Emotional SeeSaw Part I

This has been a week of wild emotions. With less than three weeks to go, we have reached the ‘panic’ and high stress stage of the journey. Every day seems grueling and there are too many tasks to possibly be accomplished. Interspersed throughout are lots of social activities as we continue to meet up and have our ‘goodbyes’ with friends. Here’s what went down over the week (Feb 3 – 10):

Scanlon parent and sibling visit Feb 3 – 6th: Everyone came into town for the weekend. We had a chance to chill out and avoid packing; got to eat out at a couple of our favorite restaurants; and spent a lovely afternoon out at the DeYoung Museum. (all good)

Had coffee with a couple we’ve corresponded with from our Yahoo Ex-Pats Group. Scott & Anne are from Seattle and are moving to Dunedin (we’ll practically be neighbors!) and are about 2 weeks ahead of us in their emigration journey. They were in town having their last goodbyes with friends and agreed to meet us for a quick coffee. We commiserated and shared stories about each of our respective year of planning for the move. It was great to meet folks ‘like us’ and I think we all bonded — we’ll be seeing them again once we’re on the other side. We felt rejuvenated and excited about going to NZ after spending time with them (good!)

Bruce’s hard drive crashed and had to be taken to the computer doctor. No word yet on whether data can be recovered (bad)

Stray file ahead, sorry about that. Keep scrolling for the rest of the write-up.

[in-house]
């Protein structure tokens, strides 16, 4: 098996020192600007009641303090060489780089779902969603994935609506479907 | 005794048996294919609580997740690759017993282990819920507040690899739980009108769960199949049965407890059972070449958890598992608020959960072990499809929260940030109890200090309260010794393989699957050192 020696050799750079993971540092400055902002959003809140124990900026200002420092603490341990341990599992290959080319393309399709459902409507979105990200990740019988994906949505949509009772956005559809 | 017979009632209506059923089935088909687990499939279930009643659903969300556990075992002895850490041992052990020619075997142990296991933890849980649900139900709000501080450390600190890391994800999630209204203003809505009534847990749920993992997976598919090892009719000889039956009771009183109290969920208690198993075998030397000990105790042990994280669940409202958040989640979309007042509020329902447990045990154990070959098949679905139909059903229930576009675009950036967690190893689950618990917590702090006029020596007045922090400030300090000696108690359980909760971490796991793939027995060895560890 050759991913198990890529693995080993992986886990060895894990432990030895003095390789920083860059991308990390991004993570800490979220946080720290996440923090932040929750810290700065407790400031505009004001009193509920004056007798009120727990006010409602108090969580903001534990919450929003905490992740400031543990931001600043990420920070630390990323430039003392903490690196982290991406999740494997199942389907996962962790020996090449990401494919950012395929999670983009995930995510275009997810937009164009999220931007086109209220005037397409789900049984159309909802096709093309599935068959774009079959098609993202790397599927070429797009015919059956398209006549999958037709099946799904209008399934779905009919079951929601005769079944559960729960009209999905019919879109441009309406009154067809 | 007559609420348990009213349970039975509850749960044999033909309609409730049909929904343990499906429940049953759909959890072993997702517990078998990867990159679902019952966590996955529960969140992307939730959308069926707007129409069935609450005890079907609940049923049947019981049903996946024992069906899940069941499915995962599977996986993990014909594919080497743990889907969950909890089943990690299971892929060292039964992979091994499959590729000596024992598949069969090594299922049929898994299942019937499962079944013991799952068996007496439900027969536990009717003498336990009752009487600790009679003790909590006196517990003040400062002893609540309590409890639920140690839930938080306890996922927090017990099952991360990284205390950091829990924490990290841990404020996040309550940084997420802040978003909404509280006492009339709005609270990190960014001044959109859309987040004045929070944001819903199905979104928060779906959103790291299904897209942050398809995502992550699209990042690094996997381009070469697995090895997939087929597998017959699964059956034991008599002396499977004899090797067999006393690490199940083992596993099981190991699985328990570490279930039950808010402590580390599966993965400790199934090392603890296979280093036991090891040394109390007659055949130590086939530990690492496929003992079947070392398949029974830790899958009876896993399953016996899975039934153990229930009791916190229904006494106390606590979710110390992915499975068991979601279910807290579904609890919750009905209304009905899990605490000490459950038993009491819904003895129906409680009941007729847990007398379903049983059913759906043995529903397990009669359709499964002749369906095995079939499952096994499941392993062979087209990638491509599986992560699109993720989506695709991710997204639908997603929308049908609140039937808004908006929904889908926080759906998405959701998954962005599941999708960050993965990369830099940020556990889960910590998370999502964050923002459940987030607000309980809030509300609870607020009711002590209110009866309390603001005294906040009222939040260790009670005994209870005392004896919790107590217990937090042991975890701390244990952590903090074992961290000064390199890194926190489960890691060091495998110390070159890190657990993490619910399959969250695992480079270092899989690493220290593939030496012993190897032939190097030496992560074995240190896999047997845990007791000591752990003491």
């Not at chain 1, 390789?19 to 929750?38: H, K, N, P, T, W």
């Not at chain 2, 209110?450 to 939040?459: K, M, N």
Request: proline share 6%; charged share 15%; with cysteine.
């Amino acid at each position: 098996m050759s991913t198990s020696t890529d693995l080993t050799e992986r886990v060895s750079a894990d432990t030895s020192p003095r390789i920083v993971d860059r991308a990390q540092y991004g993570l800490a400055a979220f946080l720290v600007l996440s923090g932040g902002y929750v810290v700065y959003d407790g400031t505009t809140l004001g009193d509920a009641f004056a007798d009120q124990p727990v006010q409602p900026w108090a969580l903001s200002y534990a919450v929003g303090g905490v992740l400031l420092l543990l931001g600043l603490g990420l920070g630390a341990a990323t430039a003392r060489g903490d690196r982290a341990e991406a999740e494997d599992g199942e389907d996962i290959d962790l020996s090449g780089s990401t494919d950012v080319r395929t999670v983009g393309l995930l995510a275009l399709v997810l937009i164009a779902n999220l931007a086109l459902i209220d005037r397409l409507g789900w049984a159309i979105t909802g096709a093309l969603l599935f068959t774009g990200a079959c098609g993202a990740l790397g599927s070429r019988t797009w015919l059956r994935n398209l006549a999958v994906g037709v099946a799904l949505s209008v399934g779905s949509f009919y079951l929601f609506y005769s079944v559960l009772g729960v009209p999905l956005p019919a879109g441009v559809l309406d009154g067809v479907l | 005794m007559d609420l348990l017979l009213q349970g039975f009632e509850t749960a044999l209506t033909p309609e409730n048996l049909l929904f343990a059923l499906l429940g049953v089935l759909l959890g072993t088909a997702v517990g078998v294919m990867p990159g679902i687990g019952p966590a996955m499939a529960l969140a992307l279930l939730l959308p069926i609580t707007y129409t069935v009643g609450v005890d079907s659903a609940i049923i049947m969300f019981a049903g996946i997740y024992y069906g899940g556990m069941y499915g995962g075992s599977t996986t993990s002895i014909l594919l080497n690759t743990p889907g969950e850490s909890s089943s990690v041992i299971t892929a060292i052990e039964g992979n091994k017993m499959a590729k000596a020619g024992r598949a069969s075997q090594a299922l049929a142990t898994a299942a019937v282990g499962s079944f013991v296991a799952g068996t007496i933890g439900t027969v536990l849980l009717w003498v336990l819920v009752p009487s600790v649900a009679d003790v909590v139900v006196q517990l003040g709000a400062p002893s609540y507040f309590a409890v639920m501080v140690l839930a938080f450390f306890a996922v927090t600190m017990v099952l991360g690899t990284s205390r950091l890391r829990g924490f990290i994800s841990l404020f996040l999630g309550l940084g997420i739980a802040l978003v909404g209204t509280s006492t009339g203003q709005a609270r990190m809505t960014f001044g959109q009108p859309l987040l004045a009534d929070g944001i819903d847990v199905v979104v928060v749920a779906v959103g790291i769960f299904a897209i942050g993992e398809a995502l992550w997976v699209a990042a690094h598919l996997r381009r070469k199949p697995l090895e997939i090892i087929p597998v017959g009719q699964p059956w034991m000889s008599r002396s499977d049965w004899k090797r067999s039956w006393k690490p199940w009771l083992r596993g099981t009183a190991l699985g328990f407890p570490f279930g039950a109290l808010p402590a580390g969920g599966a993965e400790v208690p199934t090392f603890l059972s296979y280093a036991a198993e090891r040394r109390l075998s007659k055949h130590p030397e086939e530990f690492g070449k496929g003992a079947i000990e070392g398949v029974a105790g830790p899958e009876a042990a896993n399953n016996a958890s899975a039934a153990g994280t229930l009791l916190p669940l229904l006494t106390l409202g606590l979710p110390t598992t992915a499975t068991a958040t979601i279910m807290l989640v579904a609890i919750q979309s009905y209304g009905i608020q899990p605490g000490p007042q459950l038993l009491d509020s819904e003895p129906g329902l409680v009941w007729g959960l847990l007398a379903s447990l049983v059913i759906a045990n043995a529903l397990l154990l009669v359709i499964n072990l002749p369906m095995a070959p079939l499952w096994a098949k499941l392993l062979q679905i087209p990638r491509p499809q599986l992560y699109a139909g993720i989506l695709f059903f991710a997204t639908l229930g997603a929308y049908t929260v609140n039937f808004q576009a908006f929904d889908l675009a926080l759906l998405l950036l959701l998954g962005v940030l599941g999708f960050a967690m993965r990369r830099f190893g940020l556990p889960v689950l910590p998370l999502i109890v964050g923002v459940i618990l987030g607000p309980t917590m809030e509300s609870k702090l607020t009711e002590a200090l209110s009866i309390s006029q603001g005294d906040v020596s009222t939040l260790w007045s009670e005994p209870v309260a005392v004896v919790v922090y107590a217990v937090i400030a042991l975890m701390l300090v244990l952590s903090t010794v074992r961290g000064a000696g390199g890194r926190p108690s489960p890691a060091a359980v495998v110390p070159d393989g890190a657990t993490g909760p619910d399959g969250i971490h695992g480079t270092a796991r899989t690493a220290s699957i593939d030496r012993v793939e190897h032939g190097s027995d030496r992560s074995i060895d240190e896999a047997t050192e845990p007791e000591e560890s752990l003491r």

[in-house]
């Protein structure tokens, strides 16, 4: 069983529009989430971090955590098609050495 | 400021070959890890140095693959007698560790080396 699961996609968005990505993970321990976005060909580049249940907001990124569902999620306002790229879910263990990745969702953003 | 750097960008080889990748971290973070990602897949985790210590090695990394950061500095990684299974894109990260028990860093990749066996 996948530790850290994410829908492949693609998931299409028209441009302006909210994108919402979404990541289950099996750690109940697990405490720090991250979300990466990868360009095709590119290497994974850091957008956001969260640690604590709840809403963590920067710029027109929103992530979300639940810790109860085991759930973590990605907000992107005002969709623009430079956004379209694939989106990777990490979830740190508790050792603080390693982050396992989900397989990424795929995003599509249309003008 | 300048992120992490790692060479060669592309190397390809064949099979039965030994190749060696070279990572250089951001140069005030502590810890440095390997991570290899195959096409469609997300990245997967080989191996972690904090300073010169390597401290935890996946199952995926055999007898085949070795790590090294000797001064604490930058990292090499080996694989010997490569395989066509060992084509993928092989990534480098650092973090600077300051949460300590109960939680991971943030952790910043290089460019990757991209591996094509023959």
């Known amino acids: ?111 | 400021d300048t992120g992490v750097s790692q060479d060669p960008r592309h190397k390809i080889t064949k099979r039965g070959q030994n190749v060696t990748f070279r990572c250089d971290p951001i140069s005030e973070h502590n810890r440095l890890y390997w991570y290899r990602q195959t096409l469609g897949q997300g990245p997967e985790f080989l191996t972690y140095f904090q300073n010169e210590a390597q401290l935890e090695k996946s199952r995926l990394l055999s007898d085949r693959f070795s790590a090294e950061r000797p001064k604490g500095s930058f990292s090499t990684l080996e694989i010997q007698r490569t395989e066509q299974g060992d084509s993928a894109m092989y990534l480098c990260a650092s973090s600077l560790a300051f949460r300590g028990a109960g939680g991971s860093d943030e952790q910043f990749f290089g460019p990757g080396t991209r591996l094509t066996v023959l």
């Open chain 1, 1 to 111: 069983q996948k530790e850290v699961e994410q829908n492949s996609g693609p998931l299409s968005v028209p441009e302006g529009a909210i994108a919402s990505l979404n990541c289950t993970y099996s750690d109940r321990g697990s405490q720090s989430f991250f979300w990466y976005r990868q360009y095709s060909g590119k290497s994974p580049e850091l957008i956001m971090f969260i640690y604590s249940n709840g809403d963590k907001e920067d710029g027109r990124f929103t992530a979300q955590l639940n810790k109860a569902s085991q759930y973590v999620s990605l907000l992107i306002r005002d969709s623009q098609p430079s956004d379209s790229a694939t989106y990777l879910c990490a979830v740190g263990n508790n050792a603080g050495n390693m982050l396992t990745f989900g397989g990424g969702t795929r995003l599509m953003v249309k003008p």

The truck started to show it’s unhappiness with our leaving by refusing to start a few times. Not clear on whether this is a real problem or just a short-term temperamental one. (bad)

Got one staging bid for the house. For those of you not familiar with this concept, this is a new industry which has emerged in all the major cities with high real estate values. When one is going to sell their home, it apparently pays to have it ‘staged’ by a professional to help buyers visualize how lovely their potentially new home will look. This service is not cheap — to stage our 1500 square foot flat will cost approximately $6,000 for two months. But… the rewards are supposed to far outweigh the cost. The stager walked through each of the rooms with me advising what to change (ie: colors to repaint) and discussed how she would display each room. It all actually sounded lovely and sounded like the ‘home’ I’ve always dreamed of — perfect, clean, no mess, no papers, no books, no clutter. I actually had a little meltdown afterwards and felt really, really sad to be letting go of our flat. (bad)

Hosted a dinner party for four and enjoyed an evening with some good friends (good)